Health Surveillance - State of Louisiana
UPDATE: This information is current as of August 4, 2010, 9:00 PM ET
Louisiana is using surveillance systems to track health complaints that may be related to the oil spill. These systems include:
- emergency departments,
- occupational, primary care, and urgent care clinics close to the response staging areas,
- Louisiana Poison Center,
- a hotline for people to call to report their oil exposures and health symptoms.
Louisiana’s Department of Health and Hospitals receives reports from these various sources, performs daily entry of the reports into a tracking database, and provides analysis of the data in a weekly report.
Louisiana is using CDC’s Early Aberration Reporting System (EARS), a surveillance system monitoring seven metro New Orleans hospitals, to assist local and state public health officials in analyzing data. Health authorities analyze information from these hospitals about each patient’s chief complaint (the problem that the patient first reported upon arrival) to determine whether there have been increases in upper respiratory illnesses and asthma in the region. Health authorities then compare this year’s weekly asthma and upper respiratory data with data from the past three years.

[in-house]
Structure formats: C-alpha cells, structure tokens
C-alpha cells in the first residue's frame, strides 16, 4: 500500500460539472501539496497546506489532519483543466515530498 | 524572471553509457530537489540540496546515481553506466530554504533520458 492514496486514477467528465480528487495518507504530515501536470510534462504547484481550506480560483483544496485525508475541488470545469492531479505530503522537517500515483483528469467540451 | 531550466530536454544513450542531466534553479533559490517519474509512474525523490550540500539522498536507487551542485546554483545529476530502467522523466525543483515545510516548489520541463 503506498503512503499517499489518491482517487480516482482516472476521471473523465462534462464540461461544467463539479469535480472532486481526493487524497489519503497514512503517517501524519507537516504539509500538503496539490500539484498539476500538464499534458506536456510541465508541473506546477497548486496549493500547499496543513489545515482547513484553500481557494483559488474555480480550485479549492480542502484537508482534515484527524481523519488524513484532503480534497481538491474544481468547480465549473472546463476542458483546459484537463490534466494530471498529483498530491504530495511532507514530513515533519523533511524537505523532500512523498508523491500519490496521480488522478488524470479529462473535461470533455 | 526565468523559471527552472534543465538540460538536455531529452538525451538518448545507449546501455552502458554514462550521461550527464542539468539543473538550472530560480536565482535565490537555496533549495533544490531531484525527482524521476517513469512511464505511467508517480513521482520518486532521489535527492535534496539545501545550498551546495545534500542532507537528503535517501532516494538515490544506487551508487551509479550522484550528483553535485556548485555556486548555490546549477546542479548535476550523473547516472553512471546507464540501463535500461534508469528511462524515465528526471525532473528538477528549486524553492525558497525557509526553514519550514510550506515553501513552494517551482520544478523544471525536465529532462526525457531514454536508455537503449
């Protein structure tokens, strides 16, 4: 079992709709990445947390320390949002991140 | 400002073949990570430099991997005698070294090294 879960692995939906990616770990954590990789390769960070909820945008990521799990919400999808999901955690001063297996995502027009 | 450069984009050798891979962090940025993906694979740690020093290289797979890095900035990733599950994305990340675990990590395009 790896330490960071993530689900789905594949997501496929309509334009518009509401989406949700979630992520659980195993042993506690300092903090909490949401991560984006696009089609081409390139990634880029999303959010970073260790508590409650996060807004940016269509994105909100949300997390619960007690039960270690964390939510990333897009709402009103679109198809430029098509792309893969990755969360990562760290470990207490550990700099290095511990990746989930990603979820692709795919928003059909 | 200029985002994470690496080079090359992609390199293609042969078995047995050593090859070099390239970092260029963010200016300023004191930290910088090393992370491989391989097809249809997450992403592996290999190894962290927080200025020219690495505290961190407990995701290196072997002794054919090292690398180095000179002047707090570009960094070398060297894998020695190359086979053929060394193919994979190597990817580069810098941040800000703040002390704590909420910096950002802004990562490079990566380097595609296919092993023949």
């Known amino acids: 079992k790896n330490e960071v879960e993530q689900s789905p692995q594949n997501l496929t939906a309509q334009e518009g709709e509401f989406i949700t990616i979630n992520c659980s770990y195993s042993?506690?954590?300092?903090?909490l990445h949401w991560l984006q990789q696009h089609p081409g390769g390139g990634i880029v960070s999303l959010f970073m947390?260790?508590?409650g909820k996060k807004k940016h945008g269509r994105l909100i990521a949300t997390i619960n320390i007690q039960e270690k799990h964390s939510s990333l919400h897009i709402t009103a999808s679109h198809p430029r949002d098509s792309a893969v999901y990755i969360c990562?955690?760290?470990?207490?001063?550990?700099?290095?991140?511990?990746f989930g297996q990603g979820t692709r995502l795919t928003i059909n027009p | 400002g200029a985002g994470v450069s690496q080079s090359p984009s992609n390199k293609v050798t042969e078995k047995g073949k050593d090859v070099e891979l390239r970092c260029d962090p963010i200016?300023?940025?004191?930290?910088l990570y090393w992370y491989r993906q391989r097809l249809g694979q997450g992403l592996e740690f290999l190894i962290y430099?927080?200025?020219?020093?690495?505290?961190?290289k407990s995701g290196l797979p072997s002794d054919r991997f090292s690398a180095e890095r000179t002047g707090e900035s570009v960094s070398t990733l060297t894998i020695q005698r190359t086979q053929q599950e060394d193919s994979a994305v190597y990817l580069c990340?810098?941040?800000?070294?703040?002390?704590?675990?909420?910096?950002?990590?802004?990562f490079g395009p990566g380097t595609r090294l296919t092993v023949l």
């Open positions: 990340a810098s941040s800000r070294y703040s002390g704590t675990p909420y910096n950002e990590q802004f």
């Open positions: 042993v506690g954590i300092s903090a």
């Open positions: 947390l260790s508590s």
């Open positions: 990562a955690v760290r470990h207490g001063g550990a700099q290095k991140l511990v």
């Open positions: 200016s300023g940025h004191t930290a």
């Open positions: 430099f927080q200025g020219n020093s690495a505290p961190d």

Findings (July 11 – July 17)
Since the oil spill began, there have been 290 reports of health complaints believed to be related to the oil spill. Two hundred sixteen reports came from workers and 74 from coastal residents. Seventeen people had short hospitalizations. The coastal residents’ complaints were related to odors, and symptoms were considered mild.
Results from EARS have not shown any increase in asthma or upper respiratory complaints.
Additional analysis of these data is provided by the Louisiana Department of Health and Hospitals.